Danish, But Not Lutheran: The Impact of Mormonism on Danish Cultural Identity, 1850–1920 (Hardcover)

Danish, But Not Lutheran: The Impact of Mormonism on Danish Cultural Identity, 1850–1920 By Julie K. Allen Cover Image

Danish, But Not Lutheran: The Impact of Mormonism on Danish Cultural Identity, 1850–1920 (Hardcover)

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The Danish-Mormon migration to Utah in the nineteenth century was, relative to population size, one of the largest European religious out-migrations in history. Hundreds of thousands of Americans can trace their ancestry to Danish Mormons, but few know about the social and cultural ramifications of their ancestors’ conversion to Mormonism. This book tells that exciting and complex story for the first time.

In 1849, after nearly a thousand years of state- controlled religion, Denmark’s first democratic constitution granted religious freedom. One year later, the arrival of three Mormon missionaries in Denmark and their rapid success at winning converts to their faith caused a crisis in Danish society over the existential question: "How could someone be Danish but not Lutheran?" Over the next half-century nearly thirty thousand Danes joined the LDS Church, more than eighteen thousand of whom emigrated to join their fellow Mormons  in Utah. This volume explores the range of Danish public reactions to Mormonism over a seventy-year period—from theological concerns articulated by Søren and Peter Christian Kierkegaard in the 1850s to fear-mongering about polygamy and white slavery in silent films of the 1910s and 1920s—and looks at the personal histories of converts. 

Honorable Mention for Best International Book from the Mormon History Association.

Julie K. Allen was the Paul and Renate Madsen Professor of Danish in the Scandinavian Studies Department at the University of Wisconsin-Madison before recently becoming a professor of comparative literature at Brigham Young University. 

Product Details ISBN: 9781607815457
ISBN-10: 1607815451
Publisher: University of Utah Press
Publication Date: May 30th, 2017
Pages: 316
Language: English

“The author makes historical figures and their ideas resonate with clarity, despite the complexity of their thought.”
—Jennifer L. Lund, director of the Historic Sites Division of the Church History Department of the Church of Jesus Christ of Latter-day Saints

“A significant contribution of interest to those studying emigration/ immigration and the retention of cultural identity and to those studying religious history generally.”
—Bruce H. Kirmmse, Søren Kierkegaard Research Centre at the University of Copenhagen

“In this significant and engaging study, Allen draws on a rich store of Danish and Danish-American texts, written and visual, from all levels of society and from public and private spheres. Throughout, she demonstrates the relevance of these historical voices and images to 21st century concerns about the disruptions—occasioned by migration, the intersections of religion and culture, and the possibility of cultural harmony.”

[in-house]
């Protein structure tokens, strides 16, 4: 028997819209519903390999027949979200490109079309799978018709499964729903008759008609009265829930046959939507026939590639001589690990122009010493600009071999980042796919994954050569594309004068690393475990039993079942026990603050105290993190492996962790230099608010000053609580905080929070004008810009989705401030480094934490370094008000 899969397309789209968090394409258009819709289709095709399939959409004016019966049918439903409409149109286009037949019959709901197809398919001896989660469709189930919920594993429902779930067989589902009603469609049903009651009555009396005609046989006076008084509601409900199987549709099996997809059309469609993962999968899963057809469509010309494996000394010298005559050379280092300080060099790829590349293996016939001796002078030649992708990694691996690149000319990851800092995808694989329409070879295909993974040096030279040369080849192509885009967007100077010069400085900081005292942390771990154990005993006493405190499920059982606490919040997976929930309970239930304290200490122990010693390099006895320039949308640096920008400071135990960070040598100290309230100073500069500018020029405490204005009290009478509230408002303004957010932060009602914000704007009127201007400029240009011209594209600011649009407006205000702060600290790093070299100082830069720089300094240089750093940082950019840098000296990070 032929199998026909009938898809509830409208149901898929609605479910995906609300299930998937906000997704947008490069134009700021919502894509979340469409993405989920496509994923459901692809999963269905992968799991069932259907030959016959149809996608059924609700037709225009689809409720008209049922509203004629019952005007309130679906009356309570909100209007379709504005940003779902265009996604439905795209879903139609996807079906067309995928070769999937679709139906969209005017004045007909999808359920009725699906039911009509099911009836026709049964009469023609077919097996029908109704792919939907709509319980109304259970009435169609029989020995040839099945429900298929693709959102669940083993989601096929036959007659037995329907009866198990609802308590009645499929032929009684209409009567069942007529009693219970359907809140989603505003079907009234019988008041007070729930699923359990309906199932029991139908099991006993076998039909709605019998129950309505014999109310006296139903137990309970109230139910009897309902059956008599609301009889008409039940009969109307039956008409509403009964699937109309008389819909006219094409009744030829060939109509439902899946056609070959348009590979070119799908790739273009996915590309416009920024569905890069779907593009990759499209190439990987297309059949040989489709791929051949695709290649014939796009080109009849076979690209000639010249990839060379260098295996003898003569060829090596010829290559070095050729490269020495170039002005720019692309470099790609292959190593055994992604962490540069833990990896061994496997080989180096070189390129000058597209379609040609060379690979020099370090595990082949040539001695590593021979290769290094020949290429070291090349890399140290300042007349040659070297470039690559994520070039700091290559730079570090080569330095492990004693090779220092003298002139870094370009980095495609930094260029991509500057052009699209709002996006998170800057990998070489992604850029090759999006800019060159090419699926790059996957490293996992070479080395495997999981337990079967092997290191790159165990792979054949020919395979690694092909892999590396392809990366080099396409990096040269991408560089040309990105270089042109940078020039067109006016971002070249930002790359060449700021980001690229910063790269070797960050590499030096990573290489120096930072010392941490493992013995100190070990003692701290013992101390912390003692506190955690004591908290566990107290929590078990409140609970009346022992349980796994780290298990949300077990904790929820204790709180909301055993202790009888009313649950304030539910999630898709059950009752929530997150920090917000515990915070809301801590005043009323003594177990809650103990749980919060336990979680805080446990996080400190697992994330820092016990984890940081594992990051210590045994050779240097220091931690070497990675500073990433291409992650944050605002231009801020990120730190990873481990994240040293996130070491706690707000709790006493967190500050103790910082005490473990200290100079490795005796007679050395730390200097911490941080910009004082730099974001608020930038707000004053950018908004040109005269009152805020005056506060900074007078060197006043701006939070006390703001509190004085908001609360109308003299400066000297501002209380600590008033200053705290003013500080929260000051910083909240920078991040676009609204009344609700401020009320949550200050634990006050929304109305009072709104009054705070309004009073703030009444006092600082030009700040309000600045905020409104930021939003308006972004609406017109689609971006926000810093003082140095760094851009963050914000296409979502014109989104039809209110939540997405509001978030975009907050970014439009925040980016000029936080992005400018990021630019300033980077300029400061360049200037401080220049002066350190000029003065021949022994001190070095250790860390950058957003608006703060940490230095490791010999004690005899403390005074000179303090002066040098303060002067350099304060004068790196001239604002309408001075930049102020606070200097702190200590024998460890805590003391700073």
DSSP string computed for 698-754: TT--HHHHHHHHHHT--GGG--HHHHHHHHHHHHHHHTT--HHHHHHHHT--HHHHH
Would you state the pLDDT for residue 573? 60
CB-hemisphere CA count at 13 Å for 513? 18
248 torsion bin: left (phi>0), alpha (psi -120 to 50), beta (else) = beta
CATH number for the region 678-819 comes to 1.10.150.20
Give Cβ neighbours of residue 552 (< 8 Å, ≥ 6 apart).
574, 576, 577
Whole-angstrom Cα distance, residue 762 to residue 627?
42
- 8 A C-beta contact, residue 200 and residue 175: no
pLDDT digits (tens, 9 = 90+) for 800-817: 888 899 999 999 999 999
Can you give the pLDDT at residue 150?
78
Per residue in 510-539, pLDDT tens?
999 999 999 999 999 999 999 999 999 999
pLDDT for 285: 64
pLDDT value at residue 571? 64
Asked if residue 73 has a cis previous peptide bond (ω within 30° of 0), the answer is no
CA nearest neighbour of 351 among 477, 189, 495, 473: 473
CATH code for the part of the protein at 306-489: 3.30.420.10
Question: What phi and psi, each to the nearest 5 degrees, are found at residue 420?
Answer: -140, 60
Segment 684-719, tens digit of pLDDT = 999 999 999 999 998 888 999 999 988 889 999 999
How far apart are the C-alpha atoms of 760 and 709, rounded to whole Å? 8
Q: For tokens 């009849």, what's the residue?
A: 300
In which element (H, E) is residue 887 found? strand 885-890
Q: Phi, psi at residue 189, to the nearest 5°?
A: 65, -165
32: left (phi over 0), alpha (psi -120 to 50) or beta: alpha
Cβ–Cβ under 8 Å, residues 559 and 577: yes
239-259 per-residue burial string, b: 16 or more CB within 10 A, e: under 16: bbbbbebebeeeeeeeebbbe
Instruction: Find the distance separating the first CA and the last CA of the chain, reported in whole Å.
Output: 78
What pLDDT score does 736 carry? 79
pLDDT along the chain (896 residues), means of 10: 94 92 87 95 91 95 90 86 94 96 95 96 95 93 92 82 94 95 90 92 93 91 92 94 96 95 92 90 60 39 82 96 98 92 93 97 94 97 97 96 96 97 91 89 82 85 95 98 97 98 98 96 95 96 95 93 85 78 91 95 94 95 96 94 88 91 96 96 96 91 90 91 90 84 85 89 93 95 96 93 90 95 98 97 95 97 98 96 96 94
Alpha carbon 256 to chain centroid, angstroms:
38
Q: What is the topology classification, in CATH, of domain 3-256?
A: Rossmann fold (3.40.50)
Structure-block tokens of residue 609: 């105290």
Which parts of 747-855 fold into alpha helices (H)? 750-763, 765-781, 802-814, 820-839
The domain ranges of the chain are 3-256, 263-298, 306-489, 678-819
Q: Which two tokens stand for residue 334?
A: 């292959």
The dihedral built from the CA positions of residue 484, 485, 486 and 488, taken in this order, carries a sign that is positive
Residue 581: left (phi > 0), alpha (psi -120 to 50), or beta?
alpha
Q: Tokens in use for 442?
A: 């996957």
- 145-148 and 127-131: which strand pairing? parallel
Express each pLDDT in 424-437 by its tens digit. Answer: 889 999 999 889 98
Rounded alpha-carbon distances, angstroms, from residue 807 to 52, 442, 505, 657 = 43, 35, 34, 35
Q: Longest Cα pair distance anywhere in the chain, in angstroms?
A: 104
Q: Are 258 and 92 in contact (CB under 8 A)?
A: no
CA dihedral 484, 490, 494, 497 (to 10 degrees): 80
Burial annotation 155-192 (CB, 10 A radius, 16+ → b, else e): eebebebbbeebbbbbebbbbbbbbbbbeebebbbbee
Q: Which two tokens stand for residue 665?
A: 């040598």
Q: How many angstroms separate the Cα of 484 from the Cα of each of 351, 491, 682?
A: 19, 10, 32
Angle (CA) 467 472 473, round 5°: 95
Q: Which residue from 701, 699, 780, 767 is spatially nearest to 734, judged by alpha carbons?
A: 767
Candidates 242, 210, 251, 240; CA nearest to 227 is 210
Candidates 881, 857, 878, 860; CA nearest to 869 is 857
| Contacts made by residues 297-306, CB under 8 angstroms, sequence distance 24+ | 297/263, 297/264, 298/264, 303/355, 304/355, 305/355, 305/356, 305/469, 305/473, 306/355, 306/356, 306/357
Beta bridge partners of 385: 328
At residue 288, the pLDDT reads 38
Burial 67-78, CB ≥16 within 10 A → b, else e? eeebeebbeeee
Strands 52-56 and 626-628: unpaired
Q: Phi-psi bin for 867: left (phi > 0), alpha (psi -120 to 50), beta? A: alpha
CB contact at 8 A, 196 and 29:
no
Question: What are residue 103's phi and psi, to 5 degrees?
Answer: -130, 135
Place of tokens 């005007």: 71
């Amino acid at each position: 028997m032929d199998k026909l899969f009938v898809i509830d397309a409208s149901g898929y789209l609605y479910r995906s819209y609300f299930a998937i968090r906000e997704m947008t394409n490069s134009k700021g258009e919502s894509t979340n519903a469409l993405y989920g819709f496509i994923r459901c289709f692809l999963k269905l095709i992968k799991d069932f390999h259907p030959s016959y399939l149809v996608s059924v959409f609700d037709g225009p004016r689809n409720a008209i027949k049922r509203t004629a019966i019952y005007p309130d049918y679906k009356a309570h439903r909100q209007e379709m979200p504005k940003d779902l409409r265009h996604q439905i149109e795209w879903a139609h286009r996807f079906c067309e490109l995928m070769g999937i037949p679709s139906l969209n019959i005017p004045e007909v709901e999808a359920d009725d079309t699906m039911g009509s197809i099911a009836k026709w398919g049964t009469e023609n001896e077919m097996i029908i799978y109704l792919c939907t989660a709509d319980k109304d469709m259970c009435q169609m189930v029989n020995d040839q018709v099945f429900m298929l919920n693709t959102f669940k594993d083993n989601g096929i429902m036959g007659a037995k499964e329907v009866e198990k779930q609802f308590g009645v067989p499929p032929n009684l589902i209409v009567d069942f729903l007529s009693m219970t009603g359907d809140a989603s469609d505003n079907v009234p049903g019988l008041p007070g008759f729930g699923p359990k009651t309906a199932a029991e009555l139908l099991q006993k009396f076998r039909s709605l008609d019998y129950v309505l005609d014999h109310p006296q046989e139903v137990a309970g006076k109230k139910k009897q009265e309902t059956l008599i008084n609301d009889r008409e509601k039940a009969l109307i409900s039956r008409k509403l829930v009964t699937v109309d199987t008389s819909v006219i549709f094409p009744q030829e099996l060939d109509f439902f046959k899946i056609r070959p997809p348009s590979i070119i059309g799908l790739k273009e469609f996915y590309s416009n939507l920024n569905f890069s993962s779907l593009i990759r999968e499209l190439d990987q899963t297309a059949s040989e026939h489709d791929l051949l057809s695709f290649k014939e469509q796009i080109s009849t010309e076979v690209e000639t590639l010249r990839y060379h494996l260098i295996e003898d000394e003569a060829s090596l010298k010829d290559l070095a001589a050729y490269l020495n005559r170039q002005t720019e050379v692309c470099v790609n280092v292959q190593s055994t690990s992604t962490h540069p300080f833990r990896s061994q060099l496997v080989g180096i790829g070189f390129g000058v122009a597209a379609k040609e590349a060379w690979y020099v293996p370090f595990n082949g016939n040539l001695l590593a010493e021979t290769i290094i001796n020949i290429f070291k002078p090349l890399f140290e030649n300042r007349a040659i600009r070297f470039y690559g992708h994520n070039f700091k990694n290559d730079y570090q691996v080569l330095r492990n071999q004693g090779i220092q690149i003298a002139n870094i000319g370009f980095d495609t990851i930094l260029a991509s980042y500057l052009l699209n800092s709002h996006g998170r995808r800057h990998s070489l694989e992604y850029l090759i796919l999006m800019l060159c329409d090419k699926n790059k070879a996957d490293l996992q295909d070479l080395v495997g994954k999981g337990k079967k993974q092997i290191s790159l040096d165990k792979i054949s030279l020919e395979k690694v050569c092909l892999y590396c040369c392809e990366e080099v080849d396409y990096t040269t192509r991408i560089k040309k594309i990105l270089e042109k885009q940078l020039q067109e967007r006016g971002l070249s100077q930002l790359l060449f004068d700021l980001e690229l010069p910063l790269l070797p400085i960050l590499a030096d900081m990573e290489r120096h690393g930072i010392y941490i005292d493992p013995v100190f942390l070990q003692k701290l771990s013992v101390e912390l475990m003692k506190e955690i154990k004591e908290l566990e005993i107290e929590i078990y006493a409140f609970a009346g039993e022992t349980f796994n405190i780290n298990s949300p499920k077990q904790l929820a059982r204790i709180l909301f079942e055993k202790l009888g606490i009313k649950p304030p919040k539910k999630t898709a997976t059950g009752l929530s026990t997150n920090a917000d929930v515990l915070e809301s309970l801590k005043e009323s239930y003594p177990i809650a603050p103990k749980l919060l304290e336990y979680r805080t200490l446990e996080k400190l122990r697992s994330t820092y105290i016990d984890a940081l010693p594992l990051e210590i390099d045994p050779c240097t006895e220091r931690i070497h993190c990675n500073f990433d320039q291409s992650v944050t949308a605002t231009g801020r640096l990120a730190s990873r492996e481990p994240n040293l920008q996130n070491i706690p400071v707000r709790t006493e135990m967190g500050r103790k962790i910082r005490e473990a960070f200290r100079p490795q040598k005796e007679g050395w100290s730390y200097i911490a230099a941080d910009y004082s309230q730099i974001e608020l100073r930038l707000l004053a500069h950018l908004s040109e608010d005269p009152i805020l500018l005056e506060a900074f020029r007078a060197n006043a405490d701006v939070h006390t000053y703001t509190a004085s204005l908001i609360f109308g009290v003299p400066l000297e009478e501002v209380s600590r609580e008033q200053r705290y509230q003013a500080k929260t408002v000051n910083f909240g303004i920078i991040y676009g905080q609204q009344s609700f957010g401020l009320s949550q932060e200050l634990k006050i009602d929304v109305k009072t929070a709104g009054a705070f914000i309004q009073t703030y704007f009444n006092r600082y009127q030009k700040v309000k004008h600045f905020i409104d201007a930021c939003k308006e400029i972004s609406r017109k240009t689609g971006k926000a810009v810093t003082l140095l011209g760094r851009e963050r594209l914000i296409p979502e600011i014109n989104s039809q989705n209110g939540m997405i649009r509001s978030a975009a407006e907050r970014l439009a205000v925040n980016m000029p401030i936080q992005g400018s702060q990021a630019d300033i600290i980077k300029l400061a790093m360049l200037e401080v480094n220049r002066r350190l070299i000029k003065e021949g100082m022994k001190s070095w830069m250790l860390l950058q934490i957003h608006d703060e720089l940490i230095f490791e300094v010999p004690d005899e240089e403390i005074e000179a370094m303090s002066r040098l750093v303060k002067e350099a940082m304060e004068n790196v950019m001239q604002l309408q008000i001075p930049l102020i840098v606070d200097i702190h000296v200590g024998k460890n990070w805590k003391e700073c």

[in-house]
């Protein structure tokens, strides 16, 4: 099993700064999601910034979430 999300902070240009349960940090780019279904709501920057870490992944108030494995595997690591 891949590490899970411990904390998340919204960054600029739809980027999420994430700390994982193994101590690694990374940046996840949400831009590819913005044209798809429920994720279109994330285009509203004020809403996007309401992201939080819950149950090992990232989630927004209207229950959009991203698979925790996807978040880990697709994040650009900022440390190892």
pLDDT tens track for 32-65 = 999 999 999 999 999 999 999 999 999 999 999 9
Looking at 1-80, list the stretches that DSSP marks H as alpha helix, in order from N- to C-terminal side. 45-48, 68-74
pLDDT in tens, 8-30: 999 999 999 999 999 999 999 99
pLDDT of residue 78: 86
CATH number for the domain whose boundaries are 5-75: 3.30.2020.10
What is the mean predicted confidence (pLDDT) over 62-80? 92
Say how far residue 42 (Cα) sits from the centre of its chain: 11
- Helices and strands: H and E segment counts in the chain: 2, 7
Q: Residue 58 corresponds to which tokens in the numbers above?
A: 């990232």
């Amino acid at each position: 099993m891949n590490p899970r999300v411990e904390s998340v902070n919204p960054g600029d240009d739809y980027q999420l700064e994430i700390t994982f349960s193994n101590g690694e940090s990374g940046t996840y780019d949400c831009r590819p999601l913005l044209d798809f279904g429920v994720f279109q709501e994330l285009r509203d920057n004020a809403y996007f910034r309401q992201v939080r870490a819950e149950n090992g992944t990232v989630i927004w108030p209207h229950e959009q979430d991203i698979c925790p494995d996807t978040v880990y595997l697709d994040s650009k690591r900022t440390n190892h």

—Jennifer Eastman Attebery, author of Up in the Rocky Mountains: Writing the Swedish Immigrant Experience

“Allen's prose is clear, her arguments interesting, and her work is both responsibly and carefully researched. The volume is well produced and designed, with a number of photographs, notes, and bibliography. The work here holds value beyond the scope of those interested in either Danish or Mormon history. The book participates in the broader discussion surrounding cultural identity, a topic very relevant to present debates over immigration, difference, and identity.”—Association for Mormon Letters

“A fine work of scholarship produced by Julie Allen. Her book exhibits the kind of sociocultural analysis that the study of Mormonism and Mormon history can look up to. To analyze new religious movements as elements of their various host cultures in this manner offers an abundance of uncharted avenues for study and new understanding.” —Juvenile Instructor

“A thoughtful and well-argued study that should appeal to both the general reader and specialist who is concerned with the struggle of negotiating one’s identity within the denominational and transnational contexts. Allen’s effective use of primary sources provides the basis for groundbreaking perspectives on the intimate lives of Danish Mormons, and by using their eyes, seamlessly explores the broader themes of immigration, poverty, religion, and identity during the mid-to-late nineteenth century and early twentieth century.”
The Journal of Mormon History

“Allen’s exploration of Denmark’s historical and legal context for religious conversion, individual Danes’ motivations for conversion and emigration, depictions of Mormonism in the mass media, and the maintenance of new and old cultural identity in the United States, provides multiple springboards for discussions both historical and contemporary. … The introduction of Mormonism in Denmark, and of Danish Mormons to the United States, provides models for how different cultures engage each other. This book is recommended to anyone interested in cultural change in mono- and multicultural societies, not only in Mormon history, but within national religious history more generally.”
Mormon Studies Review